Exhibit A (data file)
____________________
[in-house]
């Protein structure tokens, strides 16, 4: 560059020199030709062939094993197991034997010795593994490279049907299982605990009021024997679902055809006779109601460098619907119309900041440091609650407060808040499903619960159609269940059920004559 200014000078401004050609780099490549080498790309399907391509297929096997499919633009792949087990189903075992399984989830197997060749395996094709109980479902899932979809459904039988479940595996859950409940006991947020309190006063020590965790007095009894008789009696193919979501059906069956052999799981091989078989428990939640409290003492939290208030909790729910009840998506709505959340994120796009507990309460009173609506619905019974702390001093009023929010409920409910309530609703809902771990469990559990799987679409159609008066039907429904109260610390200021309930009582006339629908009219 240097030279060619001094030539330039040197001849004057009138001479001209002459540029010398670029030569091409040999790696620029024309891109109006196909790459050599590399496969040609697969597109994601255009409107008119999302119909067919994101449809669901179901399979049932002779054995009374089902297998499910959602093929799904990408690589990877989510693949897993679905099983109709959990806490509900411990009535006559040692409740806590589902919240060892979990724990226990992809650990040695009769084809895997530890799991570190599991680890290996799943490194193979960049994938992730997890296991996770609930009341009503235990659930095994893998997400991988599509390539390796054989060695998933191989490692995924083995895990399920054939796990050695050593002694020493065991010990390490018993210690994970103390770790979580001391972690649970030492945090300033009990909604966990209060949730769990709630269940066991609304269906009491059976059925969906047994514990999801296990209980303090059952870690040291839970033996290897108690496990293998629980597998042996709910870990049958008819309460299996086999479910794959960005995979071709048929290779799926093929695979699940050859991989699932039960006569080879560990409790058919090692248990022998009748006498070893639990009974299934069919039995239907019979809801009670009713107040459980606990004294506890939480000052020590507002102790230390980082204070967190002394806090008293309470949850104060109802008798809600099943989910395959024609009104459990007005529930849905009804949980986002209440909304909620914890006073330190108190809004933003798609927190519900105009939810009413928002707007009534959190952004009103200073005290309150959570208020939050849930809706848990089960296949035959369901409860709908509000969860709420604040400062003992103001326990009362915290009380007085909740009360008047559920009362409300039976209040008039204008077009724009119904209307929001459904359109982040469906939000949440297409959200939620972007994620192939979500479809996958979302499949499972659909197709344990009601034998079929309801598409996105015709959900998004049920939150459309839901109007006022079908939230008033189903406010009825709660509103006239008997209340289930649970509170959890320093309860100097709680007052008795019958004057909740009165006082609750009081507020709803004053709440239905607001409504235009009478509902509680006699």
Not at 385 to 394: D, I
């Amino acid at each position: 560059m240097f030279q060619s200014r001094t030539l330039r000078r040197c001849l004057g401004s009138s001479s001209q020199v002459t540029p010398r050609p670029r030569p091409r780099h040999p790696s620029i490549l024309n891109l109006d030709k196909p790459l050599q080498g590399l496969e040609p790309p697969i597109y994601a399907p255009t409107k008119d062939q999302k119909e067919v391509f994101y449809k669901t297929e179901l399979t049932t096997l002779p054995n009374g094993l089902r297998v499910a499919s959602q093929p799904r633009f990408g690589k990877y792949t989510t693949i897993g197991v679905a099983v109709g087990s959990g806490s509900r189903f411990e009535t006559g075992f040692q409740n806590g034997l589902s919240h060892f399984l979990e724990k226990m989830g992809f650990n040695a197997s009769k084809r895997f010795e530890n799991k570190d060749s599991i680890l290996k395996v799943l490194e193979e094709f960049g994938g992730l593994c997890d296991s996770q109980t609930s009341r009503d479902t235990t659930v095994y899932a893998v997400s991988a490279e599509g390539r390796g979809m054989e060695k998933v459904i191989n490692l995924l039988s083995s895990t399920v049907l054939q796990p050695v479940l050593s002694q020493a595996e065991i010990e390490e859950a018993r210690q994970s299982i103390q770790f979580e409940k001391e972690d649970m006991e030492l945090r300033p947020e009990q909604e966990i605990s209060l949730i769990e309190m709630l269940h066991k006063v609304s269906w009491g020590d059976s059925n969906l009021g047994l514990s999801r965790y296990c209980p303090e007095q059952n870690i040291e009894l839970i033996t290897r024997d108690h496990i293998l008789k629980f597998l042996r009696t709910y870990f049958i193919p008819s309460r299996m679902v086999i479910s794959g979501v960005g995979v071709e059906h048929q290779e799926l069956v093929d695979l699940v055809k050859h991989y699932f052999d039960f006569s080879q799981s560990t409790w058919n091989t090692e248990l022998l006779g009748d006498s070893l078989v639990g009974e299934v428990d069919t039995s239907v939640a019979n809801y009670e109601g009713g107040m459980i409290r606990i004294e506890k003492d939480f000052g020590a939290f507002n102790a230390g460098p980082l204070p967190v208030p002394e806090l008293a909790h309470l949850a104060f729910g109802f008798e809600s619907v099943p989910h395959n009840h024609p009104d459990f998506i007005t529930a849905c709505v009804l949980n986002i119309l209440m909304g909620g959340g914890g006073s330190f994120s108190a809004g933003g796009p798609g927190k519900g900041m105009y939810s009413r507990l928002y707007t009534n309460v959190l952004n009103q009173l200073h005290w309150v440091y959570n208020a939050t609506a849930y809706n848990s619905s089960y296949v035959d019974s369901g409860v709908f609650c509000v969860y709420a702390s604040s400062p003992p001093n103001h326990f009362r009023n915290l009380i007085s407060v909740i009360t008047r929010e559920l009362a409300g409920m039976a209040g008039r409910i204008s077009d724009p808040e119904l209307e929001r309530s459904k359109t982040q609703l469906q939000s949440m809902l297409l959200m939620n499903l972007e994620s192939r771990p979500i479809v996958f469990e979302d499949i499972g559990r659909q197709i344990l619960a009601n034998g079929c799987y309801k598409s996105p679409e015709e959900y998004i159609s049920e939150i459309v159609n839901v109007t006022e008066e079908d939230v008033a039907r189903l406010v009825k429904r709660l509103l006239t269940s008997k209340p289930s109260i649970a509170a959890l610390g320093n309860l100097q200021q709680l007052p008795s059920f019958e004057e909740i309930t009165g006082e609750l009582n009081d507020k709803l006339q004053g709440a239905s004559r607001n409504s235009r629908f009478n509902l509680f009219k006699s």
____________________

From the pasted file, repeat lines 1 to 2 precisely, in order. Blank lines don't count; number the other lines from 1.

[in-house]
């Protein structure tokens, strides 16, 4: 560059020199030709062939094993197991034997010795593994490279049907299982605990009021024997679902055809006779109601460098619907119309900041440091609650407060808040499903619960159609269940059920004559 200014000078401004050609780099490549080498790309399907391509297929096997499919633009792949087990189903075992399984989830197997060749395996094709109980479902899932979809459904039988479940595996859950409940006991947020309190006063020590965790007095009894008789009696193919979501059906069956052999799981091989078989428990939640409290003492939290208030909790729910009840998506709505959340994120796009507990309460009173609506619905019974702390001093009023929010409920409910309530609703809902771990469990559990799987679409159609008066039907429904109260610390200021309930009582006339629908009219 240097030279060619001094030539330039040197001849004057009138001479001209002459540029010398670029030569091409040999790696620029024309891109109006196909790459050599590399496969040609697969597109994601255009409107008119999302119909067919994101449809669901179901399979049932002779054995009374089902297998499910959602093929799904990408690589990877989510693949897993679905099983109709959990806490509900411990009535006559040692409740806590589902919240060892979990724990226990992809650990040695009769084809895997530890799991570190599991680890290996799943490194193979960049994938992730997890296991996770609930009341009503235990659930095994893998997400991988599509390539390796054989060695998933191989490692995924083995895990399920054939796990050695050593002694020493065991010990390490018993210690994970103390770790979580001391972690649970030492945090300033009990909604966990209060949730769990709630269940066991609304269906009491059976059925969906047994514990999801296990209980303090059952870690040291839970033996290897108690496990293998629980597998042996709910870990049958008819309460299996086999479910794959960005995979071709048929290779799926093929695979699940050859991989699932039960006569080879560990409790058919090692248990022998009748006498070893639990009974299934069919039995239907019979809801009670009713107040459980606990004294506890939480000052020590507002102790230390980082204070967190002394806090008293309470949850104060109802008798809600099943989910395959024609009104459990007005529930849905009804949980986002209440909304909620914890006073330190108190809004933003798609927190519900105009939810009413928002707007009534959190952004009103200073005290309150959570208020939050849930809706848990089960296949035959369901409860709908509000969860709420604040400062003992103001326990009362915290009380007085909740009360008047559920009362409300039976209040008039204008077009724009119904209307929001459904359109982040469906939000949440297409959200939620972007994620192939979500479809996958979302499949499972659909197709344990009601034998079929309801598409996105015709959900998004049920939150459309839901109007006022079908939230008033189903406010009825709660509103006239008997209340289930649970509170959890320093309860100097709680007052008795019958004057909740009165006082609750009081507020709803004053709440239905607001409504235009009478509902509680006699």